Capture and Mortality Rates of Largemouth Bass at Guntersville and Wheeler Reservoirs, Alabama
Type of DegreeMaster's Thesis
DepartmentFisheries and Allied Aquacultures
MetadataShow full item record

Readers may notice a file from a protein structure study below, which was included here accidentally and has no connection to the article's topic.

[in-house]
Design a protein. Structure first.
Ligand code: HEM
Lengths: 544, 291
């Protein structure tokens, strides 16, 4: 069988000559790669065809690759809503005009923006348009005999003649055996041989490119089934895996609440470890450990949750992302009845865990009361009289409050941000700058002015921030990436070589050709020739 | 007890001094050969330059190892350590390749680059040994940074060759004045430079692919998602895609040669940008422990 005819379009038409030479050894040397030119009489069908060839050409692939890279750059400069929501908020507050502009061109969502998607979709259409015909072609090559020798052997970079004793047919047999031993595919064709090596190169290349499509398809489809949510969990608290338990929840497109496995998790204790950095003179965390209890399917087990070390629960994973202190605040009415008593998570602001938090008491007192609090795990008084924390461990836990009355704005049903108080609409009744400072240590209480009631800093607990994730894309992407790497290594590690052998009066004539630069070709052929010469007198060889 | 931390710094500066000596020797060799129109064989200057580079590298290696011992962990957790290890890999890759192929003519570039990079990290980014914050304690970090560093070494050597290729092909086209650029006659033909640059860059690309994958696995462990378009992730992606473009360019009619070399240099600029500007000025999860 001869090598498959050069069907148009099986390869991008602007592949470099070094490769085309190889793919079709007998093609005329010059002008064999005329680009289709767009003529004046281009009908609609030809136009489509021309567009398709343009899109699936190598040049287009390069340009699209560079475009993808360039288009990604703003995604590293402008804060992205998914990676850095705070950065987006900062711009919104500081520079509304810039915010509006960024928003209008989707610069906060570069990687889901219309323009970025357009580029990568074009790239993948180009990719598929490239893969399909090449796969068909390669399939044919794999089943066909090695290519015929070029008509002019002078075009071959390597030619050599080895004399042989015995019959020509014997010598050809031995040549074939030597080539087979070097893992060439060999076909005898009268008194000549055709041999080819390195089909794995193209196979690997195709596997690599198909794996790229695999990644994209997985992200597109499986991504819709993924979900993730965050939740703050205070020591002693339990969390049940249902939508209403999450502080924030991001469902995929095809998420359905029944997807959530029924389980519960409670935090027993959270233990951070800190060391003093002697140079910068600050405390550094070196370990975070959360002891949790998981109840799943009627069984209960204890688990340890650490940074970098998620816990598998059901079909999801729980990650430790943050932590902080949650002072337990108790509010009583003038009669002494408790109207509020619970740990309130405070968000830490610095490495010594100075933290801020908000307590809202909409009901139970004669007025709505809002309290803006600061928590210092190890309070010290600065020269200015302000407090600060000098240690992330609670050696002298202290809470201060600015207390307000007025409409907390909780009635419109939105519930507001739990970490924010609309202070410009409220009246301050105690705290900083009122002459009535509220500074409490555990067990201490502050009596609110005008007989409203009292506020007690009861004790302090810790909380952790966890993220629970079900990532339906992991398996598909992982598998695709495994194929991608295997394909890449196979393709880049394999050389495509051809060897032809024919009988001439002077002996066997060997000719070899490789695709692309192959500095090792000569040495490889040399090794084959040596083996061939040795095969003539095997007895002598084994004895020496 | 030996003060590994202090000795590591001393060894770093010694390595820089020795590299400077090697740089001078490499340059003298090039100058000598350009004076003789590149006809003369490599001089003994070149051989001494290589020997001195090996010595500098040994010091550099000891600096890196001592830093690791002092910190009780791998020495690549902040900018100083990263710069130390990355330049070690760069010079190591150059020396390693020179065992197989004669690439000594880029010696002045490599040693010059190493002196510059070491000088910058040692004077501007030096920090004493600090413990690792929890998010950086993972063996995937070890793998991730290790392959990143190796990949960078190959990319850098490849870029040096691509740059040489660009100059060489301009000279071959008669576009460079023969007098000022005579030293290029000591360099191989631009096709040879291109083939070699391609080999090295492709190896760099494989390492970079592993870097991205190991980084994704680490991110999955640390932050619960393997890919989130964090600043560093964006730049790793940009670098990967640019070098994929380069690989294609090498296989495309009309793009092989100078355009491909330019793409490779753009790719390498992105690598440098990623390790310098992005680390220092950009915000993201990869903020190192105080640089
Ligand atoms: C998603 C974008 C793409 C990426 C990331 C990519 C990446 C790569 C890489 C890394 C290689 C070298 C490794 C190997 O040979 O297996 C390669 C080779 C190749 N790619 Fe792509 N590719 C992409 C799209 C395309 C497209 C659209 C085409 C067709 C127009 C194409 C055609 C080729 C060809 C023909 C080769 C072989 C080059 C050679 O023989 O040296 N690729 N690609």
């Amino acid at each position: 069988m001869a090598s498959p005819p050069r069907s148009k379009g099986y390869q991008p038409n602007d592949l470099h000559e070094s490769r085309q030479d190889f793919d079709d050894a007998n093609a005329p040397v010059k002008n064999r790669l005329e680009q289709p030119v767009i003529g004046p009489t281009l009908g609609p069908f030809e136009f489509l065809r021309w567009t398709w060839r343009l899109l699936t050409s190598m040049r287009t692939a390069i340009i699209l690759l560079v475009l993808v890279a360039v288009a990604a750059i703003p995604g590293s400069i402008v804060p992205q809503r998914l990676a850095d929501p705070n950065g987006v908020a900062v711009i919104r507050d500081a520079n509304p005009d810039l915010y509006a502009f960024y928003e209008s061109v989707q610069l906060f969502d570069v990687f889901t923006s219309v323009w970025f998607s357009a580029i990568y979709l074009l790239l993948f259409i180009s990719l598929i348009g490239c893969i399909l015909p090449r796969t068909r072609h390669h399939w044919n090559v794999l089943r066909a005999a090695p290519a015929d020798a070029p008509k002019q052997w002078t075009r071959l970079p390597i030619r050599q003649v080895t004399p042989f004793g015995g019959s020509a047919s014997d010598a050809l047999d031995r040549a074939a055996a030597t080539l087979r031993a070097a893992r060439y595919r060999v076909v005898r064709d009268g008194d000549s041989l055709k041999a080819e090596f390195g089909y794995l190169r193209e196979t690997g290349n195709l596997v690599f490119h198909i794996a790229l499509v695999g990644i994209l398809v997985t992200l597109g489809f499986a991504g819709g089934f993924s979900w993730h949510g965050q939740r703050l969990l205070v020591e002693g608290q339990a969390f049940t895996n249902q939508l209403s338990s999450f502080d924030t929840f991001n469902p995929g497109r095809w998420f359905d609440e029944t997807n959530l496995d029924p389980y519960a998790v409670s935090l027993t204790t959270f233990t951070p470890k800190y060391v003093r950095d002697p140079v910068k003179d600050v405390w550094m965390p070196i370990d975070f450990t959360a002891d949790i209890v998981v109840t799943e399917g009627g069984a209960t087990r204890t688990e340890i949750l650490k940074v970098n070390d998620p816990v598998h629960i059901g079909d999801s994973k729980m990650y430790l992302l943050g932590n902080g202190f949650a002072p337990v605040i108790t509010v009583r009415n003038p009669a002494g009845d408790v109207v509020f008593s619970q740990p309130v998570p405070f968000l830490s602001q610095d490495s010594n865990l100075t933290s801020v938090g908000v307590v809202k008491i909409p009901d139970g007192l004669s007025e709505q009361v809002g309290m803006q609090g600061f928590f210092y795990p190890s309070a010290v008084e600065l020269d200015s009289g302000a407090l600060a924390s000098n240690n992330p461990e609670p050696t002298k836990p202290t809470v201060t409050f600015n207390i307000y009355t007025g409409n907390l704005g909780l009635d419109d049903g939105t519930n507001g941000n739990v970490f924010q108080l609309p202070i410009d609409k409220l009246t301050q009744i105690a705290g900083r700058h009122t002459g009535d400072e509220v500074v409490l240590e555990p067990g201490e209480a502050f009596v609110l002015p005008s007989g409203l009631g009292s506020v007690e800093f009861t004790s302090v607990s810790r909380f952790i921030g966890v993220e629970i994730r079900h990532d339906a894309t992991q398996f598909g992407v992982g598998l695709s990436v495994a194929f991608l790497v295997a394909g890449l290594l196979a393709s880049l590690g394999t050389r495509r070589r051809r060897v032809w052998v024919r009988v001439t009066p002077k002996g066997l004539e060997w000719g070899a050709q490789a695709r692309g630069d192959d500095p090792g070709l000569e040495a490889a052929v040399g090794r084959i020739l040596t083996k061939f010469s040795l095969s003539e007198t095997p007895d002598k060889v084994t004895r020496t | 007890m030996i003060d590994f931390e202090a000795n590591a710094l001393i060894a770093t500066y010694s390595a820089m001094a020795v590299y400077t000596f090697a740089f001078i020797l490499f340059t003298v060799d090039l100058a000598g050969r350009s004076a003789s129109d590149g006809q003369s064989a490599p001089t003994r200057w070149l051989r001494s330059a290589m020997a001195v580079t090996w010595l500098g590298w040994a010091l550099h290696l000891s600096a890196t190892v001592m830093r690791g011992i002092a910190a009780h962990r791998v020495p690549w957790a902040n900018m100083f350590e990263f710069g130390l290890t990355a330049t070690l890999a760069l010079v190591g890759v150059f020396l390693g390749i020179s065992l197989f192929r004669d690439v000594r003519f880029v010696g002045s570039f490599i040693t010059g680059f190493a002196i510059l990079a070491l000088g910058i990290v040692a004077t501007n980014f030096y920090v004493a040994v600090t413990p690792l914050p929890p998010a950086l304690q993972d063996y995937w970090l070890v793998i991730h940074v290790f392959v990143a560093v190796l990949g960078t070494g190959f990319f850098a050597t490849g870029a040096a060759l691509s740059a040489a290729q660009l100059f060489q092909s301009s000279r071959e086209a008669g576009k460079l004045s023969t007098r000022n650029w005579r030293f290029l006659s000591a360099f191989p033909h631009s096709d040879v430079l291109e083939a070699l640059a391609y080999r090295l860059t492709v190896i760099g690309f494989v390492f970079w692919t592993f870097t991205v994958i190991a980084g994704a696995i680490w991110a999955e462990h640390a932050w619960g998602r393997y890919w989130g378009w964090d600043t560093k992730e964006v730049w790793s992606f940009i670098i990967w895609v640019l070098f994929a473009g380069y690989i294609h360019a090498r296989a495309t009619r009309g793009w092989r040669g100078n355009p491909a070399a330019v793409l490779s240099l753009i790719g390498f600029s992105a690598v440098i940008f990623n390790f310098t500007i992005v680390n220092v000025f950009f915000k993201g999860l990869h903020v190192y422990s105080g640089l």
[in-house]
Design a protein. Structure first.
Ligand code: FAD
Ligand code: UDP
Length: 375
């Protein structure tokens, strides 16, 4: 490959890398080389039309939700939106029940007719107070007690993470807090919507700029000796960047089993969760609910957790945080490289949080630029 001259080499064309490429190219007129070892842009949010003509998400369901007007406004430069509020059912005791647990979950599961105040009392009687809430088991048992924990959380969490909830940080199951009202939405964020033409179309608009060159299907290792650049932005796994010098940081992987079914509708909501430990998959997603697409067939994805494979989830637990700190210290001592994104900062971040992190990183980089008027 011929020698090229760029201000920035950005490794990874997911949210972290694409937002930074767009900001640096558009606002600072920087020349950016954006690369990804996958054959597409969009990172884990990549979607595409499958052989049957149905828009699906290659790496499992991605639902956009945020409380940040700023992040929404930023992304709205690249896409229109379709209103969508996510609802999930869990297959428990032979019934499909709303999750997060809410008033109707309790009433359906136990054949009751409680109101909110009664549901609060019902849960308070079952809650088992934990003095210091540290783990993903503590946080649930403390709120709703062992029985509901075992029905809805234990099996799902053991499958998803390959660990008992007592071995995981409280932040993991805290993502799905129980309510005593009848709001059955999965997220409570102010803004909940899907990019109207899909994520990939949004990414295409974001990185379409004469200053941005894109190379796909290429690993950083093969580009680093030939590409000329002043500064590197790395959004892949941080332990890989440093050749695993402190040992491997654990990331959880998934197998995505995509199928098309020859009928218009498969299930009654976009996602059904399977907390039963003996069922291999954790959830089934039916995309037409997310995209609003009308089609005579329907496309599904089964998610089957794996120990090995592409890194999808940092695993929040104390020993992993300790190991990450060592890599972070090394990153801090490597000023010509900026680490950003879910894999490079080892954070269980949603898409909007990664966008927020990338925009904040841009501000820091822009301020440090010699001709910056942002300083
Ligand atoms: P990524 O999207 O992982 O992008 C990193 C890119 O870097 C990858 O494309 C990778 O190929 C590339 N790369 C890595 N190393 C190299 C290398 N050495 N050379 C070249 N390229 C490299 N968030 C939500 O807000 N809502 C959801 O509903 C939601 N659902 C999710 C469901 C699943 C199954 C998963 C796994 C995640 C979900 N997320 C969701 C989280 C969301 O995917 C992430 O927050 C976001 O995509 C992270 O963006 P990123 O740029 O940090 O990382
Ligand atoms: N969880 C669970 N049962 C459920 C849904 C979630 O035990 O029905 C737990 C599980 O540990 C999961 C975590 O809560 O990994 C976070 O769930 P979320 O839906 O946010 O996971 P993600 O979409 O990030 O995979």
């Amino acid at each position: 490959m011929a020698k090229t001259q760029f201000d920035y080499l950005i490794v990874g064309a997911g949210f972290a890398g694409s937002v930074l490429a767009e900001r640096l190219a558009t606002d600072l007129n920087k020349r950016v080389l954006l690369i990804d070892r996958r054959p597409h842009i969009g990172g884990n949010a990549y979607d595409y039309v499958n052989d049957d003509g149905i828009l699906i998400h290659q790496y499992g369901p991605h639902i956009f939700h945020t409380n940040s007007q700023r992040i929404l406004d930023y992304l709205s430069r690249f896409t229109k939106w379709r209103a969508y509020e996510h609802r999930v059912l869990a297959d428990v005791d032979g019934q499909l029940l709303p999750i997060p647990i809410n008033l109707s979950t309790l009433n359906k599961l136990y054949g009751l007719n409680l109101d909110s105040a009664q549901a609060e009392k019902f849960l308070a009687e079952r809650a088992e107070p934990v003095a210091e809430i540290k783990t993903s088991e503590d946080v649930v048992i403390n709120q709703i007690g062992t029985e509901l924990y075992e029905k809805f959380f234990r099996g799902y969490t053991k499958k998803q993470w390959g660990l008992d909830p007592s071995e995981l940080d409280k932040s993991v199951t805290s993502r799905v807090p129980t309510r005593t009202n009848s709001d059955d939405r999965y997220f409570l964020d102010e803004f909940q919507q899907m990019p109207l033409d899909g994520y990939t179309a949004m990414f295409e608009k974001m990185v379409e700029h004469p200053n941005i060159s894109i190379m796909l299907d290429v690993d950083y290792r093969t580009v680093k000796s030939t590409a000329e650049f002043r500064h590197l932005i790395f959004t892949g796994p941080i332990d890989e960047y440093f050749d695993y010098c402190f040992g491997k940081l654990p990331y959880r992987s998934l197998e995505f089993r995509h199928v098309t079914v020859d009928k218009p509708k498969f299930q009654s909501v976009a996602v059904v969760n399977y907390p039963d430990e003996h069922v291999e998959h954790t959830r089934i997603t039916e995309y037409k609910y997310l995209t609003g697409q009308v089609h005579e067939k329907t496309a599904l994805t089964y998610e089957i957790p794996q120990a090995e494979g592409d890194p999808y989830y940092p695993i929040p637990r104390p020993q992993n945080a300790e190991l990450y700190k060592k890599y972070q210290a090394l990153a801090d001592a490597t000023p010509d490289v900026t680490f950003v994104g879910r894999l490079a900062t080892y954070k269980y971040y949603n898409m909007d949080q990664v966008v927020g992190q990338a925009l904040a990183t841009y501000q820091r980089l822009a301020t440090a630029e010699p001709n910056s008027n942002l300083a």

Catch-and-release angling for Largemouth Bass Micropterus salmoides has substantially increased since the 1980s, yet few studies have assessed the population-level consequences of these activities. Guntersville and Wheeler Reservoirs, Alabama, are nationally known Largemouth Bass fishing destinations with high levels of angling effort and high rates of voluntary release (>85%). I used a variable reward tagging study to estimate rates of capture, release, mortality, and angler reporting of tagged Largemouth Bass at these reservoirs. Separate estimates were obtained for non-tournament release, tournament release, and harvest fishery sectors to evaluate the relative magnitude of potential population impacts among these fishery sectors. An estimated 56.1% of Largemouth Bass were captured annually in year 1 of the study at Lake Guntersville and 49.5% in year 2 and 45.8% (year 1) and 30.8% (year 2) at Lake Wheeler. Harvest rates were 4.7% and 5.9% at Lake Guntersville and 2.3% and 2.9% at Lake Wheeler. After accounting for literature-based estimates of post-release mortality, an estimated 8.5% and 10.6% of the Largemouth Bass died due to angling at Lake Guntersville versus 5.4% and 7.8% at Lake Wheeler. Although total capture rates were high, harvest and catch-and-release mortality are likely low enough that the total population impact of recreational angling is low. Tag reporting rates were lower for fish caught in competitive tournaments than that for non-tournament captures. The annual instantaneous tag loss rate of dart tags was 0.037. The tagging induced mortality rate was 0.015 after one month. My results could improve management strategies at heavily fished reservoirs with high rates of voluntary release.